Take images, for instance. Apple lets me fill a book with lovely color images up to some 3 meg in size and charges me no download fees. Amazon limits each image to a mere 127k, and then charges me a download fee so exorbitant, it’s several times what cell companies charge for data. The result is that, while the content is technically the same. My ebooks look better on an iPad than on a Kindle Fire. I’m also not punished for including lots of relevant pictures.

    And have you ever tried to squeeze a picture inside 127k? It’s torture. When I create the Apple version of an ebook, I can make pictures as large as I want and use little or no compression. For the Amazon title, I often have to crop that picture and raise the compress so high, the image starts looking bad. Amazon doesn’t care how books look, but I do.

    Formatting complex, attractive ebooks using existing tools is also a headache with Amazon. Apple provides a free app, iBooks Author, that’ll allow laypeople to create beautifully laid-out books for iPads. Almost a year after Adobe switched users to their Creative Cloud service, Amazon still has not released a Kindle plug-in for InDesign CC, the standard industry book publishing tool.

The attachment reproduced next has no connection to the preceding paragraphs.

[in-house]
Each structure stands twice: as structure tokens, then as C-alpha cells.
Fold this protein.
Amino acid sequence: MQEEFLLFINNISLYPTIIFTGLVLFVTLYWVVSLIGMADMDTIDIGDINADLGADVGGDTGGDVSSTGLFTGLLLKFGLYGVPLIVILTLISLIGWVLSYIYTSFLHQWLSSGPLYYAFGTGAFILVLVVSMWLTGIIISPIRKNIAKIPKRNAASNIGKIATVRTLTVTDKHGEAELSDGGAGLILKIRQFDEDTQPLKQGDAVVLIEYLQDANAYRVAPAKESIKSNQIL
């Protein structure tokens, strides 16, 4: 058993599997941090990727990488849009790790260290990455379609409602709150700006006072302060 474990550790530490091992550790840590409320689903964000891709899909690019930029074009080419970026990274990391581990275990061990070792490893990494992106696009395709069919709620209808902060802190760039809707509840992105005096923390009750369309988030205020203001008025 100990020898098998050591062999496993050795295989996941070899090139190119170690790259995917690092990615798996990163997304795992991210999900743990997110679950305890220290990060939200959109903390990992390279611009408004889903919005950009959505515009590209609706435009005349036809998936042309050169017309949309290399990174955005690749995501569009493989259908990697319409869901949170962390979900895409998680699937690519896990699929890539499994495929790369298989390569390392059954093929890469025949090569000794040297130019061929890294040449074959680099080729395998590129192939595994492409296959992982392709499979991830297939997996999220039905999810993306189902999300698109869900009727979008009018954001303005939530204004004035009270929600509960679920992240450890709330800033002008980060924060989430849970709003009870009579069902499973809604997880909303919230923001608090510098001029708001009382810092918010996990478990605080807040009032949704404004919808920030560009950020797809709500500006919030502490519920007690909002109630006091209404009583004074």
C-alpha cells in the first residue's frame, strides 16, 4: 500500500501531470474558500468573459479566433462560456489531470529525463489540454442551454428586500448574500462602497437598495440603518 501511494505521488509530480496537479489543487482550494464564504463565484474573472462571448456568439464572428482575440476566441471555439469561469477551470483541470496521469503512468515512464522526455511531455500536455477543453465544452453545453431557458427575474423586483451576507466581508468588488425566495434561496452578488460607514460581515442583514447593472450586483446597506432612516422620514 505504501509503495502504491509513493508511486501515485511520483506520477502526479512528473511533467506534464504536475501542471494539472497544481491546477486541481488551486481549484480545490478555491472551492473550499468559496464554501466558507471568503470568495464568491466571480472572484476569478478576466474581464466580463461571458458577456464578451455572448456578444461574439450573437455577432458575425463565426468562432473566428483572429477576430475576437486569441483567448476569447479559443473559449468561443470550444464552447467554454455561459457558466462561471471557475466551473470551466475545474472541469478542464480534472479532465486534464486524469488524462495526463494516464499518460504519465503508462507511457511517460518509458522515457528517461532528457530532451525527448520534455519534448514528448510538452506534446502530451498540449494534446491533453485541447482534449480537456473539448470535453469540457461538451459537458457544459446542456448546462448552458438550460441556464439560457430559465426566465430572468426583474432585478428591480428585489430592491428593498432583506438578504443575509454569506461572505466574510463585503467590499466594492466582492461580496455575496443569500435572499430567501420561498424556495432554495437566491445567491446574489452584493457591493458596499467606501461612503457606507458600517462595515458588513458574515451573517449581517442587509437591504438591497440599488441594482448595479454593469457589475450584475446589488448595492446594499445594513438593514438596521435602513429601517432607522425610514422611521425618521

Perhaps the best answer to the author’s claim is the fact that when I submit my attractive, picture-rich books to Amazon’s Kindle Direct, I don’t use their preferred format, the ever-awful Word, I send them ePub generated by InDesign. And I’ve heard that a host of other publishers do the same. Conversion isn’t hard because, despite what this article claims, the industry gurus tell me that KF9 is simply ePub muddled about and with the file locations rearranged. Amazon isn’t innovating. It’s just being proprietary.